MOUNT GILEAD — Amanda Daubenspeck kept 75 people attending the Morrow County Winter Drug Court graduation in suspense as she told her story of 10 years of drug and alcohol addiction.
Daubenspeck, who is now just 24, grew up in Mount Vernon, Ohio and began using alcohol and drugs at the age of 13. She said her dad was a “workaholic” and was often absent, while her mom was an alcoholic and a gambling addict.
Many problems began when she was 11 and her parents separated. She was 13 when her brother died while driving drunk.
“I took off running at 13 and started skipping school and using drugs and alcohol. I was raped and hanging around older people a lot,” Daubenspeck said.
She was in a couple drug programs in Knox County as a juvenile, but nothing stopped her use of drugs and alcohol for long. At one point she fell and had a back injury.
That injury led to an addiction of prescribed opioid medication. She began prostitution and was stealing as ways to make money.
Anything to get drugs.
“I’m surprised I’m still alive,” said Daubenspeck who added that she got little support from her family.
Daubenspeck began self-mutilation and acquired an eating disorder. She was in a long-term relationship and got pregnant. The prospect of having a baby made her want to get her life turned around and she went “cold turkey.” That led to a miscarriage.
She went on continuing in a life of drugs, alcohol and prostitution when she was kidnapped from a party in New York State. She blacked out and woke up in Buffalo, N. Y., not knowing what had happened.
‘THE FAST LIFE’
At that point she felt hopeless and decided she needed to get clean. After going to school she was able to get a job in real estate. However, that didn’t last long because she found herself bored and “wanting to go back to the fast life.”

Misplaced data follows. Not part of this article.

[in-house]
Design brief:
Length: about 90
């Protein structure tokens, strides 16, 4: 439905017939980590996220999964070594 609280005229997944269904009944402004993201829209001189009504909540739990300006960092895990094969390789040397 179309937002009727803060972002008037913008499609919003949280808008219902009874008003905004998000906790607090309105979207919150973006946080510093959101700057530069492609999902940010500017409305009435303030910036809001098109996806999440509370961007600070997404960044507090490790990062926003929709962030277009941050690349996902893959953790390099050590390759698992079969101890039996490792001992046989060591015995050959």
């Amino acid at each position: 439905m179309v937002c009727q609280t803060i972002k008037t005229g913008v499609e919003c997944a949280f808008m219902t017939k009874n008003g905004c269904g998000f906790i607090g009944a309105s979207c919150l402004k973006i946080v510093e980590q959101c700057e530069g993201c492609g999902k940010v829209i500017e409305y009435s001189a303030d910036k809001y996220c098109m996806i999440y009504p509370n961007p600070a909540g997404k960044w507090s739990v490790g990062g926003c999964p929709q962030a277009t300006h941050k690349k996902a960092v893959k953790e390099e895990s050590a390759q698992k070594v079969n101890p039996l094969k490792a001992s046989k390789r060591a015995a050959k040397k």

She moved to Morrow County and got a job in a bar when her two best friends committed suicide. Daubenspeck said she attempted suicide when she hit “rock bottom.”
Her boyfriend called the police when she locked herself in the bathroom. She said she “went berserk” when police came and they had to restrain her.
“There are many paths to sobriety,” Daubenspeck said as she recounted her years getting clean and sober. The first step was when her boyfriend took her to an intervention in Newark, Ohio.
She spent three months in detox and seven months in rehab. She found success in a less-structured “transitional rehab program.” Daubenspeck now works with peer support groups.
“Sometimes it’s not family or friends, but you need those who have been through the same things and can help you work through it,” Daubenspeck said.
“I got pregnant again and know now that I want to be the kind of mom I didn’t have,” Daubenspeck said with conviction.
“I did whatever it took to get high. Now I’m doing whatever it takes to keep sober,” she said.
“I know I need to be strong enough to stay away from things that weaken resolve when life is hard. “
About 25-30 adults who are presently in the drug court program listened to Daubenspeck’s speech earlier this month. Following her talk, the 15 new graduates of the program each spoke a few words stating the benefits of being clean and sober.
They encouraged those now attending drug courts to take life day-by-day.
“Just know these guys will do anything to help you,” said one graduate, referring to counselors, judges and probation officers.
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